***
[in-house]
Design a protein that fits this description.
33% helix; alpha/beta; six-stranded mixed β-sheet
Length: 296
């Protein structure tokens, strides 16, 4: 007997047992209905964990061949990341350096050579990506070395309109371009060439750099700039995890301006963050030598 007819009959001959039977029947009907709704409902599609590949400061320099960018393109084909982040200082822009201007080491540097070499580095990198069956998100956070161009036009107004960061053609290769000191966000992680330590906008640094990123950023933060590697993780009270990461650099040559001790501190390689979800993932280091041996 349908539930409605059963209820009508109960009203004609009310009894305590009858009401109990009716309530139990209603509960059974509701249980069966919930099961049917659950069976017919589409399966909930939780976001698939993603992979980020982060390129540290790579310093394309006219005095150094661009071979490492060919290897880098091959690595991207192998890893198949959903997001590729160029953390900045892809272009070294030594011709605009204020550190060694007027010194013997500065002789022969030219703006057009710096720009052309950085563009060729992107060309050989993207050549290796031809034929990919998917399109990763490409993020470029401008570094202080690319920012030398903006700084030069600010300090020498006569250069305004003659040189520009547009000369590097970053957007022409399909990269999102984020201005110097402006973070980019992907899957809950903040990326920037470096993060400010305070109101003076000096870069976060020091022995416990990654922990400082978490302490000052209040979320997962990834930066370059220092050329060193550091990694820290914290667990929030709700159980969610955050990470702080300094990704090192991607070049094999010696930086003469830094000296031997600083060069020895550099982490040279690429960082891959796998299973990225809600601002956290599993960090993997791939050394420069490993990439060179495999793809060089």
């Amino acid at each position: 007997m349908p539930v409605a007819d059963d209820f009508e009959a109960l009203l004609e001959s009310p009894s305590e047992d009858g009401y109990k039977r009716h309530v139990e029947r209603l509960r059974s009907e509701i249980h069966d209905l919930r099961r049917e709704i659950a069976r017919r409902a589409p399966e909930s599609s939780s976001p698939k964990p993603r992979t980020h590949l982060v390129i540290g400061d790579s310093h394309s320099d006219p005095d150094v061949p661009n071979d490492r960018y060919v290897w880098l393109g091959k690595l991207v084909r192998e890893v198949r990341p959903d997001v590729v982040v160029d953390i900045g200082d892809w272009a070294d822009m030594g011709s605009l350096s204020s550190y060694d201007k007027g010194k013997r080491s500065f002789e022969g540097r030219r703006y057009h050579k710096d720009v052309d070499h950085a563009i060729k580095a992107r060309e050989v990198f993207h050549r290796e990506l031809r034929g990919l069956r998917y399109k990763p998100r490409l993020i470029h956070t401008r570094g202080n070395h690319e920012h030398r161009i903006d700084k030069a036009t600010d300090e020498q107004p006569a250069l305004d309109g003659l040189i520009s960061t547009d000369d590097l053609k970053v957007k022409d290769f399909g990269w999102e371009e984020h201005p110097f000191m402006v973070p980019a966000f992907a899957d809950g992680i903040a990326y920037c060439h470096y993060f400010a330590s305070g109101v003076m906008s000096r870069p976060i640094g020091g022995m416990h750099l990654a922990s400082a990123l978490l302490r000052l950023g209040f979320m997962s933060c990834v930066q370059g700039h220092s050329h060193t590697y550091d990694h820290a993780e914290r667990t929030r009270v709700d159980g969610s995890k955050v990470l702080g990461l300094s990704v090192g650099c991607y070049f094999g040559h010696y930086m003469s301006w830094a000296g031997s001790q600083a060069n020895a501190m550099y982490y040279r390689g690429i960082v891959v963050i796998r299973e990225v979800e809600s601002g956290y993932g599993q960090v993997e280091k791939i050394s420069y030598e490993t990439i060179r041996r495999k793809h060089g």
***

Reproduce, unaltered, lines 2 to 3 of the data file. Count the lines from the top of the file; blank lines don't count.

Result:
Design a protein that fits this description.
33% helix; alpha/beta; six-stranded mixed β-sheet